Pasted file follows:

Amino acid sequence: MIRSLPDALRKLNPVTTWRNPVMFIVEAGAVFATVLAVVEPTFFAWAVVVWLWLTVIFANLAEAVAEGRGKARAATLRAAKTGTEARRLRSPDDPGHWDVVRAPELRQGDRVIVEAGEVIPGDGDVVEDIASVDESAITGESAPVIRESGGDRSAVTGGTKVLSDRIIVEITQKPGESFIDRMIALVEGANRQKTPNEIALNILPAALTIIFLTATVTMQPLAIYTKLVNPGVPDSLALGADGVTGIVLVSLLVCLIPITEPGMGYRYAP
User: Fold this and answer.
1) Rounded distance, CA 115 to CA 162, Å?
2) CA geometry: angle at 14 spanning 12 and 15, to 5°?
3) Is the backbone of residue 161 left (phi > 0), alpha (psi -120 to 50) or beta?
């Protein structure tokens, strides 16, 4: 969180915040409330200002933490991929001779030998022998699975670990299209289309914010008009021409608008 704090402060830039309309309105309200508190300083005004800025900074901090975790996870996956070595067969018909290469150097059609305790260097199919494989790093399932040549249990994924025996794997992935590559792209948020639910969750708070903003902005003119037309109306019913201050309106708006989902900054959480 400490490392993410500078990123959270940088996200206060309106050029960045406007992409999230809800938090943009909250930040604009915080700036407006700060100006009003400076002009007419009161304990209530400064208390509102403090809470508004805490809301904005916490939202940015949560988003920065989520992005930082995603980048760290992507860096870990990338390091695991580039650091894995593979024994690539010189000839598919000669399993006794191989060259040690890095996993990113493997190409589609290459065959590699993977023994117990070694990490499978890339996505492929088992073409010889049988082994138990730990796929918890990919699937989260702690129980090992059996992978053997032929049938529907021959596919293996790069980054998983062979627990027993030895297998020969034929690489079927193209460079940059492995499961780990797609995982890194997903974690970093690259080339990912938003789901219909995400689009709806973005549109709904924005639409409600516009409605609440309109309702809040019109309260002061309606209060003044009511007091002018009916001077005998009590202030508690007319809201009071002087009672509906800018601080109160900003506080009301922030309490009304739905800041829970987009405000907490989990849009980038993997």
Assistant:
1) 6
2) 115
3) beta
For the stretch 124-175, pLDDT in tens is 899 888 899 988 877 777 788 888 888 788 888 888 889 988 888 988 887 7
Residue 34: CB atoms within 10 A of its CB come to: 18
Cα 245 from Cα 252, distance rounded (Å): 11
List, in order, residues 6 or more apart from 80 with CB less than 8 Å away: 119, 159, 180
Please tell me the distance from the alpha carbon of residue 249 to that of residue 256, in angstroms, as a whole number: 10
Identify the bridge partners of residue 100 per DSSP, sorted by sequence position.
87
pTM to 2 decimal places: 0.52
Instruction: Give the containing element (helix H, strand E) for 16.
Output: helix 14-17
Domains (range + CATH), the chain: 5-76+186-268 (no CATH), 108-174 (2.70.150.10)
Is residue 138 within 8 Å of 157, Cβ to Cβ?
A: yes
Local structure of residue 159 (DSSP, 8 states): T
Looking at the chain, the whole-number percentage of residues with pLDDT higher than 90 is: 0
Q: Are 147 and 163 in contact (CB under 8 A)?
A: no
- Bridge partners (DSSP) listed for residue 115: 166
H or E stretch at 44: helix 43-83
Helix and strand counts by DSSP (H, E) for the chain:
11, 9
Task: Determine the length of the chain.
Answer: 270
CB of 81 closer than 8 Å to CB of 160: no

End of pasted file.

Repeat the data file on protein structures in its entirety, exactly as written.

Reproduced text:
Amino acid sequence: MIRSLPDALRKLNPVTTWRNPVMFIVEAGAVFATVLAVVEPTFFAWAVVVWLWLTVIFANLAEAVAEGRGKARAATLRAAKTGTEARRLRSPDDPGHWDVVRAPELRQGDRVIVEAGEVIPGDGDVVEDIASVDESAITGESAPVIRESGGDRSAVTGGTKVLSDRIIVEITQKPGESFIDRMIALVEGANRQKTPNEIALNILPAALTIIFLTATVTMQPLAIYTKLVNPGVPDSLALGADGVTGIVLVSLLVCLIPITEPGMGYRYAP
User: Fold this and answer.
1) Rounded distance, CA 115 to CA 162, Å?
2) CA geometry: angle at 14 spanning 12 and 15, to 5°?
3) Is the backbone of residue 161 left (phi > 0), alpha (psi -120 to 50) or beta?
């Protein structure tokens, strides 16, 4: 969180915040409330200002933490991929001779030998022998699975670990299209289309914010008009021409608008 704090402060830039309309309105309200508190300083005004800025900074901090975790996870996956070595067969018909290469150097059609305790260097199919494989790093399932040549249990994924025996794997992935590559792209948020639910969750708070903003902005003119037309109306019913201050309106708006989902900054959480 400490490392993410500078990123959270940088996200206060309106050029960045406007992409999230809800938090943009909250930040604009915080700036407006700060100006009003400076002009007419009161304990209530400064208390509102403090809470508004805490809301904005916490939202940015949560988003920065989520992005930082995603980048760290992507860096870990990338390091695991580039650091894995593979024994690539010189000839598919000669399993006794191989060259040690890095996993990113493997190409589609290459065959590699993977023994117990070694990490499978890339996505492929088992073409010889049988082994138990730990796929918890990919699937989260702690129980090992059996992978053997032929049938529907021959596919293996790069980054998983062979627990027993030895297998020969034929690489079927193209460079940059492995499961780990797609995982890194997903974690970093690259080339990912938003789901219909995400689009709806973005549109709904924005639409409600516009409605609440309109309702809040019109309260002061309606209060003044009511007091002018009916001077005998009590202030508690007319809201009071002087009672509906800018601080109160900003506080009301922030309490009304739905800041829970987009405000907490989990849009980038993997």
Assistant:
1) 6
2) 115
3) beta
For the stretch 124-175, pLDDT in tens is 899 888 899 988 877 777 788 888 888 788 888 888 889 988 888 988 887 7
Residue 34: CB atoms within 10 A of its CB come to: 18
Cα 245 from Cα 252, distance rounded (Å): 11
List, in order, residues 6 or more apart from 80 with CB less than 8 Å away: 119, 159, 180
Please tell me the distance from the alpha carbon of residue 249 to that of residue 256, in angstroms, as a whole number: 10
Identify the bridge partners of residue 100 per DSSP, sorted by sequence position.
87
pTM to 2 decimal places: 0.52
Instruction: Give the containing element (helix H, strand E) for 16.
Output: helix 14-17
Domains (range + CATH), the chain: 5-76+186-268 (no CATH), 108-174 (2.70.150.10)
Is residue 138 within 8 Å of 157, Cβ to Cβ?
A: yes
Local structure of residue 159 (DSSP, 8 states): T
Looking at the chain, the whole-number percentage of residues with pLDDT higher than 90 is: 0
Q: Are 147 and 163 in contact (CB under 8 A)?
A: no
- Bridge partners (DSSP) listed for residue 115: 166
H or E stretch at 44: helix 43-83
Helix and strand counts by DSSP (H, E) for the chain:
11, 9
Task: Determine the length of the chain.
Answer: 270
CB of 81 closer than 8 Å to CB of 160: no